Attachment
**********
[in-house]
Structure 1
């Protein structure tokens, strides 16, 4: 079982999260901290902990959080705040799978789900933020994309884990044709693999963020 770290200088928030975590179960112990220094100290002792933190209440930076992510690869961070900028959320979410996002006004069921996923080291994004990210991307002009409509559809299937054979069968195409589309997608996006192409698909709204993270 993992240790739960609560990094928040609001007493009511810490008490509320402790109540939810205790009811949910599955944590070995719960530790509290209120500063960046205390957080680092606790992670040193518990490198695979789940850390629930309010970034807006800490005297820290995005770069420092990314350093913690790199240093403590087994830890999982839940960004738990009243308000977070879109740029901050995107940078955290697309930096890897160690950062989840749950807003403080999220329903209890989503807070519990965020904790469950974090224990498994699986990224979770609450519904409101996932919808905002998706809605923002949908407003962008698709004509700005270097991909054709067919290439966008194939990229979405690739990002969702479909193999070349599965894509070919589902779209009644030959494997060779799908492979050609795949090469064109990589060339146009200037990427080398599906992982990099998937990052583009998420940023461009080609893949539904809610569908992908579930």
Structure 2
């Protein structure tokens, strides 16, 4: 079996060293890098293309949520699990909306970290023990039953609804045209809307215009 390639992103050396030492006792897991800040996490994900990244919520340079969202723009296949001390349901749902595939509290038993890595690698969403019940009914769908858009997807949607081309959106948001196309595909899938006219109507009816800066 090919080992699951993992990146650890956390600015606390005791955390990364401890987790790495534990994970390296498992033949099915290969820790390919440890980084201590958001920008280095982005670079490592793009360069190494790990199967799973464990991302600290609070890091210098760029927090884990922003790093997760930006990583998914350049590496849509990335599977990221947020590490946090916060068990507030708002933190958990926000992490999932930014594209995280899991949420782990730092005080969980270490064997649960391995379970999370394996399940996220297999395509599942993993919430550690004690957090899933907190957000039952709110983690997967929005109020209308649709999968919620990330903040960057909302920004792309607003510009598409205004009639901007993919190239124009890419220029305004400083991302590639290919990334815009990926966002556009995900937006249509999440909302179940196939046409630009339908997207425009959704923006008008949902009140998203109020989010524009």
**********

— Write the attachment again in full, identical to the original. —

[in-house]
Structure 1
């Protein structure tokens, strides 16, 4: 079982999260901290902990959080705040799978789900933020994309884990044709693999963020 770290200088928030975590179960112990220094100290002792933190209440930076992510690869961070900028959320979410996002006004069921996923080291994004990210991307002009409509559809299937054979069968195409589309997608996006192409698909709204993270 993992240790739960609560990094928040609001007493009511810490008490509320402790109540939810205790009811949910599955944590070995719960530790509290209120500063960046205390957080680092606790992670040193518990490198695979789940850390629930309010970034807006800490005297820290995005770069420092990314350093913690790199240093403590087994830890999982839940960004738990009243308000977070879109740029901050995107940078955290697309930096890897160690950062989840749950807003403080999220329903209890989503807070519990965020904790469950974090224990498994699986990224979770609450519904409101996932919808905002998706809605923002949908407003962008698709004509700005270097991909054709067919290439966008194939990229979405690739990002969702479909193999070349599965894509070919589902779209009644030959494997060779799908492979050609795949090469064109990589060339146009200037990427080398599906992982990099998937990052583009998420940023461009080609893949539904809610569908992908579930």
Structure 2
């Protein structure tokens, strides 16, 4: 079996060293890098293309949520699990909306970290023990039953609804045209809307215009 390639992103050396030492006792897991800040996490994900990244919520340079969202723009296949001390349901749902595939509290038993890595690698969403019940009914769908858009997807949607081309959106948001196309595909899938006219109507009816800066 090919080992699951993992990146650890956390600015606390005791955390990364401890987790790495534990994970390296498992033949099915290969820790390919440890980084201590958001920008280095982005670079490592793009360069190494790990199967799973464990991302600290609070890091210098760029927090884990922003790093997760930006990583998914350049590496849509990335599977990221947020590490946090916060068990507030708002933190958990926000992490999932930014594209995280899991949420782990730092005080969980270490064997649960391995379970999370394996399940996220297999395509599942993993919430550690004690957090899933907190957000039952709110983690997967929005109020209308649709999968919620990330903040960057909302920004792309607003510009598409205004009639901007993919190239124009890419220029305004400083991302590639290919990334815009990926966002556009995900937006249509999440909302179940196939046409630009339908997207425009959704923006008008949902009140998203109020989010524009």